The dopamine transporter is decreased in the striatum of subjects with restless legs syndrome

Research output: Contribution to journalArticlepeer-review

Abstract

Study Objectives: Prior studies, all using SPECT techniques, failed to find any differences for dopamine transporter (DAT) in restless legs syndrome (RLS) subjects. The distinct pharmacokinetic properties associated with SPECT-determined DAT along with rapid biodynamic changes in DAT may, however, have missed membrane-bound DAT differences. The current studies assessed real-time DAT binding potentials (BP) in striatum of RLS patients using 11C-methylphenidate and PET techniques. Design: RLS medications were stopped at least 11 days prior to the PET study. Clinical severity of RLS was also assessed. PET scans were performed at 2 different times of day (starting at 08:30 and 19:30) in separate groups of subjects. The primary outcome measure was total striatal DAT BP. Participants: Thirty-six patients with primary RLS and 34 age- and gender-matched controls. Results: RLS subjects had significantly lower DAT binding in the striatum compared to controls on both the Day and the Night scans. DAT was decreased in putamen and caudate but not the ventral striatum of RLS subjects. There were no diurnal differences in DAT for the total group or for control and RLS separately. DAT BP did not correlate with any clinical measures of RLS. Conclusion: The current study found a significant decrease in DAT BP in two independent studies. These results when viewed along with prior RLS SPECT and autopsy studies of DAT, and cell culture studies with iron deficiency and DAT, suggest that membrane-bound striatal DAT, but not total cellular DAT, may be decreased in RLS.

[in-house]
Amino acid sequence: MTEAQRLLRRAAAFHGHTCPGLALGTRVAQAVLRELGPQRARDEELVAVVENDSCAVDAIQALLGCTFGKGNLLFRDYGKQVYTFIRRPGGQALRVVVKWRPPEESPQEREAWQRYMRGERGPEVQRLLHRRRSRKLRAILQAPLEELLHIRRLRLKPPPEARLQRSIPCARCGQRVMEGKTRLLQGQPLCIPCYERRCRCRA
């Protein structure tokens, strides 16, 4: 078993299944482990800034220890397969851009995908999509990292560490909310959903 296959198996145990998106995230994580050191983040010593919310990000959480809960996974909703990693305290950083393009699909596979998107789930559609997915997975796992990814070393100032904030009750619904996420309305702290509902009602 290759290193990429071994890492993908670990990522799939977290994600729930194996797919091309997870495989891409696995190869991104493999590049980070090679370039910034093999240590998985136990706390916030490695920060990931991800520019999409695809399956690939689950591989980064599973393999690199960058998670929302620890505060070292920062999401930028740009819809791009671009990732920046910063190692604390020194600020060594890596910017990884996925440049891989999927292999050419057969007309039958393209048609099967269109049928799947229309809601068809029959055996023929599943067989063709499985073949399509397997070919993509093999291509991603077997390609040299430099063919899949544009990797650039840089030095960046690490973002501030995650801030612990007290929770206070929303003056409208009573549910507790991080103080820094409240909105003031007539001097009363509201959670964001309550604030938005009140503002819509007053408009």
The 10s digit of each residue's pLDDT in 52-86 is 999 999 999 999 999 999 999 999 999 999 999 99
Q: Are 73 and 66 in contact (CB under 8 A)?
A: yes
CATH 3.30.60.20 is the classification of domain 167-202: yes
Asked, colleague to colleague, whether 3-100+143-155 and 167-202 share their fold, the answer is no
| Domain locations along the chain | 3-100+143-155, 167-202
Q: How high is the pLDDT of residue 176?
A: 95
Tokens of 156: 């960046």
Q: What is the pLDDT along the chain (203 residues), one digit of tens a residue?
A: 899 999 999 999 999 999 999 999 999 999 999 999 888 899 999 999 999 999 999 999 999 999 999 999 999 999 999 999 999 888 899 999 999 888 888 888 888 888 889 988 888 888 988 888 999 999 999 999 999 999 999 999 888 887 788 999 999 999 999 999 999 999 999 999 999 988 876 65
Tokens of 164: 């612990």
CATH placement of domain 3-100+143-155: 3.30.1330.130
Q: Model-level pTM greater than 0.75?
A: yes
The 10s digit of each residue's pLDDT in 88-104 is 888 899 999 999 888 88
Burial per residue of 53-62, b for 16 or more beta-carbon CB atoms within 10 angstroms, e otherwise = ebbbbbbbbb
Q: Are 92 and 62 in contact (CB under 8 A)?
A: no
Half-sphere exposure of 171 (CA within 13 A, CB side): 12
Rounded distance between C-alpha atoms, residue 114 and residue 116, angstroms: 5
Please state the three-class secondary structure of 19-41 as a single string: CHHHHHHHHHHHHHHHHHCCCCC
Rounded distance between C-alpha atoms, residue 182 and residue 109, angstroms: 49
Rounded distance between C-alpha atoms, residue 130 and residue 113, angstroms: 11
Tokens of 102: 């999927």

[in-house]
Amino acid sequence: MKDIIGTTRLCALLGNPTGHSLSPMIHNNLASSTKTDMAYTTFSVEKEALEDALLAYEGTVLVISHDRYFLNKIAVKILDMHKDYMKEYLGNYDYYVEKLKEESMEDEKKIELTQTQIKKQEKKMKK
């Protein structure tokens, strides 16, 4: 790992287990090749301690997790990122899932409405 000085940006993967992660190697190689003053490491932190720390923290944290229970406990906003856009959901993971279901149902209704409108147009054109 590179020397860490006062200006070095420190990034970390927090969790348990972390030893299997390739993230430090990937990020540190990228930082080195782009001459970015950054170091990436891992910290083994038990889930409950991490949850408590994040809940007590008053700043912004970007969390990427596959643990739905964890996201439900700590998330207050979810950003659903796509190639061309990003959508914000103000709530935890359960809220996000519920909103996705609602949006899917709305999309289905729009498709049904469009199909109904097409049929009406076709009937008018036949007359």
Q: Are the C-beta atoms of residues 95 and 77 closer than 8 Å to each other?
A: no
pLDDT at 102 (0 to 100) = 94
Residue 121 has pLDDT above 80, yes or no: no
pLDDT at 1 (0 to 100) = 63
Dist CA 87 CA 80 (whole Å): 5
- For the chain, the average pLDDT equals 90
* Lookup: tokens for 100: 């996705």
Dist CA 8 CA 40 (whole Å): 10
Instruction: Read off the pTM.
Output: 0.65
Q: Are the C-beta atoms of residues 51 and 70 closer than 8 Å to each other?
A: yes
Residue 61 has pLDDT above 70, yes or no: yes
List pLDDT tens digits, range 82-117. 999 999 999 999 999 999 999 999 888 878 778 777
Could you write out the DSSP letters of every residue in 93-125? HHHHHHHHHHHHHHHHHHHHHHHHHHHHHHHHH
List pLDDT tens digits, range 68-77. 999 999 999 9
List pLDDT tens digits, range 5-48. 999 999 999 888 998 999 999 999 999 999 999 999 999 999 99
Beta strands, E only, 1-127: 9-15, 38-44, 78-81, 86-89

Original languageEnglish (US)
Pages (from-to)341-347
Number of pages7
JournalSleep
Volume34
Issue number3
DOIs
StatePublished - Mar 1 2011

Keywords

  • Dopamine transporter
  • Positron emission tomography
  • Restless leg syndrome
  • Striatum

ASJC Scopus subject areas

  • Clinical Neurology
  • Physiology (medical)

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